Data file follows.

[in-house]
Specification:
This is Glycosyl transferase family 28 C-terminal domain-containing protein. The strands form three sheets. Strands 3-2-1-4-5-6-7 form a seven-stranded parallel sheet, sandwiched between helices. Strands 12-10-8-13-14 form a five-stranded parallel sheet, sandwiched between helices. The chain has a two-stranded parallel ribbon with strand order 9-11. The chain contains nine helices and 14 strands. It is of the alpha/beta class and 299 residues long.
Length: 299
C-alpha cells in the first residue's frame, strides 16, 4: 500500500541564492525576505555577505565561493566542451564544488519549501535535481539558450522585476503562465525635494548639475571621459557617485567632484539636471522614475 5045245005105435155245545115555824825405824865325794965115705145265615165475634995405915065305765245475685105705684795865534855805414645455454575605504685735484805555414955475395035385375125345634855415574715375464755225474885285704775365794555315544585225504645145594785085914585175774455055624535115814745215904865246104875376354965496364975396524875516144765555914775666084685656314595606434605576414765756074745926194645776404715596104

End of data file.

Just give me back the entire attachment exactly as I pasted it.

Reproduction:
[in-house]
Specification:
This is Glycosyl transferase family 28 C-terminal domain-containing protein. The strands form three sheets. Strands 3-2-1-4-5-6-7 form a seven-stranded parallel sheet, sandwiched between helices. Strands 12-10-8-13-14 form a five-stranded parallel sheet, sandwiched between helices. The chain has a two-stranded parallel ribbon with strand order 9-11. The chain contains nine helices and 14 strands. It is of the alpha/beta class and 299 residues long.
Length: 299
C-alpha cells in the first residue's frame, strides 16, 4: 500500500541564492525576505555577505565561493566542451564544488519549501535535481539558450522585476503562465525635494548639475571621459557617485567632484539636471522614475 5045245005105435155245545115555824825405824865325794965115705145265615165475634995405915065305765245475685105705684795865534855805414645455454575605504685735484805555414955475395035385375125345634855415574715375464755225474885285704775365794555315544585225504645145594785085914585175774455055624535115814745215904865246104875376354965496364975396524875516144765555914775666084685656314595606434605576414765756074745926194645776404715596104